Genomics of Macadamia, a Recently Domesticated Tree Nut Crop

  • Cameron Peace
  • Ray Ming
  • Adele Schmidt
  • John Manners
  • Vasanthe Vithanage
Part of the Plant Genetics and Genomics: Crops and Models book series (PGG, volume 1)


The tree nut crop known as macadamia includes two cultivated species that readily hybridize. This Australian native from subtropical rainforests was domesticated recently, and cultivated trees are very few generations from their wild progenitors. A genomic understanding of the crop has the potential to deliver massive genetic improvements to a worldwide industry, and reveal the genetic changes that have occurred through the domestication process. The bulk of research efforts in this field have focused on the development of molecular marker technology and its various applications in assessing both cultivated and wild germplasm. Markers were also used as the basis of genetic linkage mapping for macadamia’s chromosomes, but regions controlling important traits have not yet been localized. Gene sequence information for macadamia is very limited, although two genes encoding proteins with antimicrobial properties have been described. Macadamia is the most economically valuable member of the ancient Proteaceae family, and has few cultivated relatives. This crop is the obvious target within the family for developing further genomics resources. Comparing the structure of the macadamia genome and its functional components with those of crops from other plant families, particularly nut, fruit, and tree species, should provide insights for understanding the evolution and genomic regulation of many important biological and agronomic traits.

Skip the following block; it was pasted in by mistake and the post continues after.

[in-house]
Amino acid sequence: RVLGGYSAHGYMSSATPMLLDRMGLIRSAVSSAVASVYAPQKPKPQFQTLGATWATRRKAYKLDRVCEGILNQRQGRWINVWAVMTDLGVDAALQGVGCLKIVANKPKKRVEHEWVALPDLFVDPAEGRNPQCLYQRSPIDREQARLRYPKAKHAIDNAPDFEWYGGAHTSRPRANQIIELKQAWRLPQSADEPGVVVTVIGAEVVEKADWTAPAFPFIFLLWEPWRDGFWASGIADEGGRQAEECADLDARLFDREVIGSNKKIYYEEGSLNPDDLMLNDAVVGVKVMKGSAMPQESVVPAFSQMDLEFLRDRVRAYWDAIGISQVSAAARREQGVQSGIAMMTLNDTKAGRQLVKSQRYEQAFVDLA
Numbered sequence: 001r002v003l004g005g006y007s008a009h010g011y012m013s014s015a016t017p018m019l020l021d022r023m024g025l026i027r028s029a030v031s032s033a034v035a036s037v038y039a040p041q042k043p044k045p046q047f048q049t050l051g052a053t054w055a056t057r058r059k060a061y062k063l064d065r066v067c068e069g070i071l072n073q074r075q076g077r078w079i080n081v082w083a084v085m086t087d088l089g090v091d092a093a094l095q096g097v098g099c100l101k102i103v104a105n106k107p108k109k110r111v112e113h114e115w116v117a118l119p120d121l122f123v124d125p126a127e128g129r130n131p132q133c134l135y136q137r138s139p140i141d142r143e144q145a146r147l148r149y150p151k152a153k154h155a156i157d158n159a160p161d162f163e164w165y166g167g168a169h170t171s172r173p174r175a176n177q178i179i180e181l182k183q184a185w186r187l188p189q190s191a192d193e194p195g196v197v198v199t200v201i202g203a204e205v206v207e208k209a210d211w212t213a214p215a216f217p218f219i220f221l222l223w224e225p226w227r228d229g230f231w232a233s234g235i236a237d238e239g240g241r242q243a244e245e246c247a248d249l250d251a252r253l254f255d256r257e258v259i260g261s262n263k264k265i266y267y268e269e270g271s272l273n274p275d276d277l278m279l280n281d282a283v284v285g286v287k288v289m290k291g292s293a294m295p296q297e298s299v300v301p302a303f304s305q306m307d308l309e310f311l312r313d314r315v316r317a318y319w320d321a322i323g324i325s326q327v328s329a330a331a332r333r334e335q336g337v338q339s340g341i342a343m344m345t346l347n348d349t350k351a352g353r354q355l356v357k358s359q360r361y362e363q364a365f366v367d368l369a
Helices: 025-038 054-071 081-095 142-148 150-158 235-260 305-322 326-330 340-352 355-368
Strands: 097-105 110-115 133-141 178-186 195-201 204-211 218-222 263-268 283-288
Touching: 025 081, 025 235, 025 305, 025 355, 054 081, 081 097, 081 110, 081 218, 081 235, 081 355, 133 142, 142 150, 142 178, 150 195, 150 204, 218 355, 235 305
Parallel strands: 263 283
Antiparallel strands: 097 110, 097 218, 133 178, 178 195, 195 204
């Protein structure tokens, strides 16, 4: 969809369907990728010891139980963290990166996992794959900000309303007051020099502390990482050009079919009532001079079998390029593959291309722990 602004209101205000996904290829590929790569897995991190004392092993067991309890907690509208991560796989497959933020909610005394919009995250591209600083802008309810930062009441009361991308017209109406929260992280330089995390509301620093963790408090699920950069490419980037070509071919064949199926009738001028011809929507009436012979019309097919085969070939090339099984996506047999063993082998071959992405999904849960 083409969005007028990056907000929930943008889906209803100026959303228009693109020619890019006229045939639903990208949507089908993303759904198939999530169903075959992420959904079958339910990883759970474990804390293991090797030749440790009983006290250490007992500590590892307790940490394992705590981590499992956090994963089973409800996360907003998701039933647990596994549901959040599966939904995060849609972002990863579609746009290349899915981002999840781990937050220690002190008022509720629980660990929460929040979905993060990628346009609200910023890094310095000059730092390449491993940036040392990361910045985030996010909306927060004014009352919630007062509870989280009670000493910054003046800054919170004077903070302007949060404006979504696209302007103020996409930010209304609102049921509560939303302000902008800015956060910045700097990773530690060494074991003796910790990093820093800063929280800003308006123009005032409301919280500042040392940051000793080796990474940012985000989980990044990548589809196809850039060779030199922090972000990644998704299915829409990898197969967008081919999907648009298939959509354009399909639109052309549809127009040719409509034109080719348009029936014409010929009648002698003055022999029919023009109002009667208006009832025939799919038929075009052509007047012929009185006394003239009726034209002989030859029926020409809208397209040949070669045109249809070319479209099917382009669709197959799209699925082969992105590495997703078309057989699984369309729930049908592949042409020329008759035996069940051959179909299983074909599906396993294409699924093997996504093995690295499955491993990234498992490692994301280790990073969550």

Marker System STMS Marker Gene Sequence Information Leptosphaeria Maculans Natural Hybrid Zone 
These keywords were added by machine and not by the authors. This process is experimental and the keywords may be updated as the learning algorithm improves.


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Copyright information

© Springer Science+Business Media, LLC 2008

Authors and Affiliations

  • Cameron Peace
    • 1
  • Ray Ming
  • Adele Schmidt
  • John Manners
  • Vasanthe Vithanage
  1. 1.Department of Horticulture and Landscape ArchitectureWashington State UniversityPullmanUSA

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